The Right Pedal

Saturday, September 30, 2006

A widow

First: we are fine.

I saw a dead man. His guts popped out of his belly, glistening dark red. His leg was flayed open, and I could see the moist yellow fat of his calves. His neck twisted his head down low, as if he were trying to hear the ground whispering. But his torso arched away and bent in two places.

His death was quick and gruesome, but I could barely understand that. His life stopped—I comprehend that—but in a way so alien that it’s almost meaningless to me.

His wife sat in the car, touching an oozing gash that showed her skull. I gave Michelle my shirt, and she made a compress to stanch the blood. The wife kept asking about him: where is he, where’s my husband? She couldn’t see through the shattered windshield. But her husband’s corpse was close by, harshly lit by the headlights that were his guides only two minutes ago.

Someone covered his body with a flannel shirt.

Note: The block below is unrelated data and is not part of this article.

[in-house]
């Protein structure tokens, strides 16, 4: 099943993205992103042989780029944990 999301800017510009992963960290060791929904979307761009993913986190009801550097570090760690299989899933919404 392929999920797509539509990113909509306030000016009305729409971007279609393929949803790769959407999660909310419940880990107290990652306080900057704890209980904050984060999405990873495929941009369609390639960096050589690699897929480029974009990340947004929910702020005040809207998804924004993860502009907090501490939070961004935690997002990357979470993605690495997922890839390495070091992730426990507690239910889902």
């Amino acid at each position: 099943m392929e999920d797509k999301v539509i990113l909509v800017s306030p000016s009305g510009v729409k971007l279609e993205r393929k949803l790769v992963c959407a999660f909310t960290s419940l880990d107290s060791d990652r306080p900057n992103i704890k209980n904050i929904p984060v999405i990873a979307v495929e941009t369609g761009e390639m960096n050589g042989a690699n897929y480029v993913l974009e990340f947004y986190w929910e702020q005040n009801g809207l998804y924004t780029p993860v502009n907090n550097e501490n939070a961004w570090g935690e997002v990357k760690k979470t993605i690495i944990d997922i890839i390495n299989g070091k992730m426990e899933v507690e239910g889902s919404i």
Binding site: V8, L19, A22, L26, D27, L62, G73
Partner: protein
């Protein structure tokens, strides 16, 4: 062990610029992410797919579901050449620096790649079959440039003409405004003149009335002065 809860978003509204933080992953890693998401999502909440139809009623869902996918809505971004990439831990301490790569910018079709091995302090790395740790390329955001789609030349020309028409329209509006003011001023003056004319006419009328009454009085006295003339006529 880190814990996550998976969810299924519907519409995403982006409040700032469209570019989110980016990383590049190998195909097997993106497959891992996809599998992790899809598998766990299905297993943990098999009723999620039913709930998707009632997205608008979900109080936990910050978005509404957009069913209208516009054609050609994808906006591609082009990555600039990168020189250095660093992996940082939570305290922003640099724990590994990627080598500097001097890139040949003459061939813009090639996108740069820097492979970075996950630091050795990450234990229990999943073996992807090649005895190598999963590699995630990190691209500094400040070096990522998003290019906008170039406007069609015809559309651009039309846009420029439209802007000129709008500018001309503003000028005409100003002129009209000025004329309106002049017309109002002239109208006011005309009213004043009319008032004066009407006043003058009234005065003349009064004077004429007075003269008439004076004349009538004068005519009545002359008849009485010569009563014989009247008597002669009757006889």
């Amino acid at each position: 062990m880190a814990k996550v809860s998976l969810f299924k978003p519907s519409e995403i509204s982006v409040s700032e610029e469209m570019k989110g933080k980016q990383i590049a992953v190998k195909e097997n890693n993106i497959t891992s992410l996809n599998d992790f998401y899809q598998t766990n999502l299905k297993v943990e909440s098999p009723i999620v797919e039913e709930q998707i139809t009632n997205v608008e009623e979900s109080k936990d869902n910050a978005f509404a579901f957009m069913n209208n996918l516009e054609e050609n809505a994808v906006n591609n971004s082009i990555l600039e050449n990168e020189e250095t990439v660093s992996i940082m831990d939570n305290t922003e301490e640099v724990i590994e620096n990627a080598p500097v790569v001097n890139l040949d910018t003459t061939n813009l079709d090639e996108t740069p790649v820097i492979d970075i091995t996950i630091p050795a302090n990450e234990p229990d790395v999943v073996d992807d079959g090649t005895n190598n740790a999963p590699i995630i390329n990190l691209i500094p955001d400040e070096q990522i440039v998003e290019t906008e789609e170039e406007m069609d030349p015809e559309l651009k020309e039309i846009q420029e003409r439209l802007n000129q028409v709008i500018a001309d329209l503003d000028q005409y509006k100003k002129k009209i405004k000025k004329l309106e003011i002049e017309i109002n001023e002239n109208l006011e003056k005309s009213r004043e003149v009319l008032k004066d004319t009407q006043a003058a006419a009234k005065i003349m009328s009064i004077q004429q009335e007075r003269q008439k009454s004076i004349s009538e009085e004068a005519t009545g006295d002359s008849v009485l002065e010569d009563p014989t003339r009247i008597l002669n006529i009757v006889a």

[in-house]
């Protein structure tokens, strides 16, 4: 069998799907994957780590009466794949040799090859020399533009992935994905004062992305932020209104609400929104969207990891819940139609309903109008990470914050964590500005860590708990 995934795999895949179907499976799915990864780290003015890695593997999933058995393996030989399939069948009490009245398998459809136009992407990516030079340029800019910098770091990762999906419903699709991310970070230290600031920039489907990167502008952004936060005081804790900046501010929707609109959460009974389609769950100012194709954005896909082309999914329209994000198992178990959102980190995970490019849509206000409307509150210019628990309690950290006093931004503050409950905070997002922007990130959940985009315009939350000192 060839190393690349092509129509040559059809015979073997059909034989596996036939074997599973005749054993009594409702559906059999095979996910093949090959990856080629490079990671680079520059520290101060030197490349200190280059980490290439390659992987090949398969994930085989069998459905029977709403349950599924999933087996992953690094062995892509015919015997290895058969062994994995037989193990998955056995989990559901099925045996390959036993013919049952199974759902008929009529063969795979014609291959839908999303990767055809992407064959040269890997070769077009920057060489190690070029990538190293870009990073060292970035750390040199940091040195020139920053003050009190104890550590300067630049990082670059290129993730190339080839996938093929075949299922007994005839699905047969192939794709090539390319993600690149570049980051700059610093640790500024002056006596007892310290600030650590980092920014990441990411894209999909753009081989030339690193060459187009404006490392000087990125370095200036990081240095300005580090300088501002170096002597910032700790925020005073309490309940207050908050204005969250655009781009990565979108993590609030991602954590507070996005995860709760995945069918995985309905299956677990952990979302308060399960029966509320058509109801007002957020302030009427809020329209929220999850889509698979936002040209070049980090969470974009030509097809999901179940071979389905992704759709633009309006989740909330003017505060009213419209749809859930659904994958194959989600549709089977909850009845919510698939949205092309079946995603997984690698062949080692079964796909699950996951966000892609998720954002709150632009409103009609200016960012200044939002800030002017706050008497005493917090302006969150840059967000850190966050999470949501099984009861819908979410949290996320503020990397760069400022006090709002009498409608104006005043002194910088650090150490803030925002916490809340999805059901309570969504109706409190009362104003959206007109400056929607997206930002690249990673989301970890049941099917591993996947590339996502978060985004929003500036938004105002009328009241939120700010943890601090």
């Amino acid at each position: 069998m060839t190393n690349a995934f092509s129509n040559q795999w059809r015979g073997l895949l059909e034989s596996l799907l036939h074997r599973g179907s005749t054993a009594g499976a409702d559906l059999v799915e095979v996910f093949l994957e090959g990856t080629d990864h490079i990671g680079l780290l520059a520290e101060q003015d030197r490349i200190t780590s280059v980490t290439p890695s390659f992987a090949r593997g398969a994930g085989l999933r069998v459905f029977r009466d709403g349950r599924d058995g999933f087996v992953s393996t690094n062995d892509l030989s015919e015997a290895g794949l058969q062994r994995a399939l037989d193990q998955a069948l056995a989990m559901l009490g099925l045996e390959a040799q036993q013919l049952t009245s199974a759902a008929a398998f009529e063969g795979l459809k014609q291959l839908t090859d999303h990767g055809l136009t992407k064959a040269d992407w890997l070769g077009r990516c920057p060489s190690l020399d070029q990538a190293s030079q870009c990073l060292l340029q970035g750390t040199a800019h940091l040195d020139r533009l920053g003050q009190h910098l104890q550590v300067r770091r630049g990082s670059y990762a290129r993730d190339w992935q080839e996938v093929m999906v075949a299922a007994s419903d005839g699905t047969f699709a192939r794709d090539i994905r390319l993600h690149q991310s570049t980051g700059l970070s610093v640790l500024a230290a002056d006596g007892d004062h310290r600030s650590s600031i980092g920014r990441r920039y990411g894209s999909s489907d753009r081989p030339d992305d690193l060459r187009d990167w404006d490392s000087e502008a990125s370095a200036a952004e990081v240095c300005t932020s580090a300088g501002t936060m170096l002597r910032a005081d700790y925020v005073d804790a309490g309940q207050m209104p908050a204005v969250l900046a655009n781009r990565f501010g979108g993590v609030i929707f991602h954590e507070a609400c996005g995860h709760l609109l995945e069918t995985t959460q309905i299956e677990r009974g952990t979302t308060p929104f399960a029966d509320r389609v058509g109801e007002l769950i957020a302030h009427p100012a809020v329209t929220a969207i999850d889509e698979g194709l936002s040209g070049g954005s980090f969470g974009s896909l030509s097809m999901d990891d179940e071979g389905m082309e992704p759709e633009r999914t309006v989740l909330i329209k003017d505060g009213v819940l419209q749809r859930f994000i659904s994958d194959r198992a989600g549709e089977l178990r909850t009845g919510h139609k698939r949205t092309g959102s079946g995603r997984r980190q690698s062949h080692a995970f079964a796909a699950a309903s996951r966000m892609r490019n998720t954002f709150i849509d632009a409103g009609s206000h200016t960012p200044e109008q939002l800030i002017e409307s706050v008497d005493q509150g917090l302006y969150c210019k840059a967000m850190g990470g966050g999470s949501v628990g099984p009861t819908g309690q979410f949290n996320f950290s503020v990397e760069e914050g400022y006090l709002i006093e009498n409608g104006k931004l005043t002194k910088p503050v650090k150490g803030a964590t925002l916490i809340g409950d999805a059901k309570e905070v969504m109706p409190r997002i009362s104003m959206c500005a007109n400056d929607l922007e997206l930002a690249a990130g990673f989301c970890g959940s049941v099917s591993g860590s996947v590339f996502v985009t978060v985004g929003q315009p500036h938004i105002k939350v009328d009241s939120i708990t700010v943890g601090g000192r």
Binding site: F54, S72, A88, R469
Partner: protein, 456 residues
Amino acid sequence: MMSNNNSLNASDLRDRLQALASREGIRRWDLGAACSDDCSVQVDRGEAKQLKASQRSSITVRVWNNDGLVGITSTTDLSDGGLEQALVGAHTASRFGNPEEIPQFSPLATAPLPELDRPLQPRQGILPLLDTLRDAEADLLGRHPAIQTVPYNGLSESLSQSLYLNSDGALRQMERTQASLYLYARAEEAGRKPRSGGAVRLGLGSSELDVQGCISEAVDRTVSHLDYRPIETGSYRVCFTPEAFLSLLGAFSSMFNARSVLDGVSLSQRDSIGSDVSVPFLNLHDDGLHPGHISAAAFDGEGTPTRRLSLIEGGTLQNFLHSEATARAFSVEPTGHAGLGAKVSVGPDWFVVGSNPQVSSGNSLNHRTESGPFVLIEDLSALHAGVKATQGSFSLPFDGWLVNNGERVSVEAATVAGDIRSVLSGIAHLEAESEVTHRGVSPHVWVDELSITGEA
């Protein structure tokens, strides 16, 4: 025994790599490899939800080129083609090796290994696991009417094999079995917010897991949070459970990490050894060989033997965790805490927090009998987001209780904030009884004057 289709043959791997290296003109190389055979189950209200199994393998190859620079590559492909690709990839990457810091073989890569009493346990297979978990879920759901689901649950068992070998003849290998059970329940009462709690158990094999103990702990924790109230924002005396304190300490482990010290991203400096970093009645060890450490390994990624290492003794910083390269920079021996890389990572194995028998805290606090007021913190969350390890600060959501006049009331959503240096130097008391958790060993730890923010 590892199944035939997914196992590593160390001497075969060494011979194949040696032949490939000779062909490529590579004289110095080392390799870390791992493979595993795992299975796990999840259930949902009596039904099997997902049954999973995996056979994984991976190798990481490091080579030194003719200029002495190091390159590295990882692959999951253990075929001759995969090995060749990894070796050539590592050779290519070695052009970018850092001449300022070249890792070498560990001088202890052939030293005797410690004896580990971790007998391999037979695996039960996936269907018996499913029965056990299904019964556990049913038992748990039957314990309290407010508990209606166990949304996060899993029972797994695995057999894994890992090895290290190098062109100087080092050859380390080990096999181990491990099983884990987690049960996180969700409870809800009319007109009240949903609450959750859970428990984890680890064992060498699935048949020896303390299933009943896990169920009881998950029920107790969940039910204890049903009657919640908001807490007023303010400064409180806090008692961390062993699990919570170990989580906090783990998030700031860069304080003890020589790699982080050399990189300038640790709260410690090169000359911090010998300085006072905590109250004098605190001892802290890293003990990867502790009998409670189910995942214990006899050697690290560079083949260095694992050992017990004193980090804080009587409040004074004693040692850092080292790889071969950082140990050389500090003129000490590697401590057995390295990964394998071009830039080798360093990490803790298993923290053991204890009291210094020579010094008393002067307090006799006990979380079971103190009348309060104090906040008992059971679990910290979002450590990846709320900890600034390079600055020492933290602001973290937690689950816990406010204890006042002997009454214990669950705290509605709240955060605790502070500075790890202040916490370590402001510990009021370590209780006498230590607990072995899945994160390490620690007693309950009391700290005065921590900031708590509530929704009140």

Where is he, where’s my husband?

You’re a widow now. You were from Georgia or Florida, here on vacation, your trunk full of luggage. Now your little SUV is facing the wrong way on I-93, the trunk has popped open, your face is covered in blood, and very soon someone will tell you that you’re a widow. I’m glad someone else took care of you in those minutes before the ambulance came, because I don’t know what words to say.

We had lots of company, but little help. Maybe a dozen people had stopped. And someone in this milling, buzzing group drove the other car, the one nose-down in a ditch, the one that made contact with the little SUV that used to contain a husband and wife but now contains only a widow and some luggage.

I wonder about him. Did he hit them? How would he answer the question, where’s my husband? I don’t know what he might say. I didn’t see which car hit the other. I saw tail lights wiggle, fly across the highway, a dead man, a widow.

Some more things happened, but they don’t matter.


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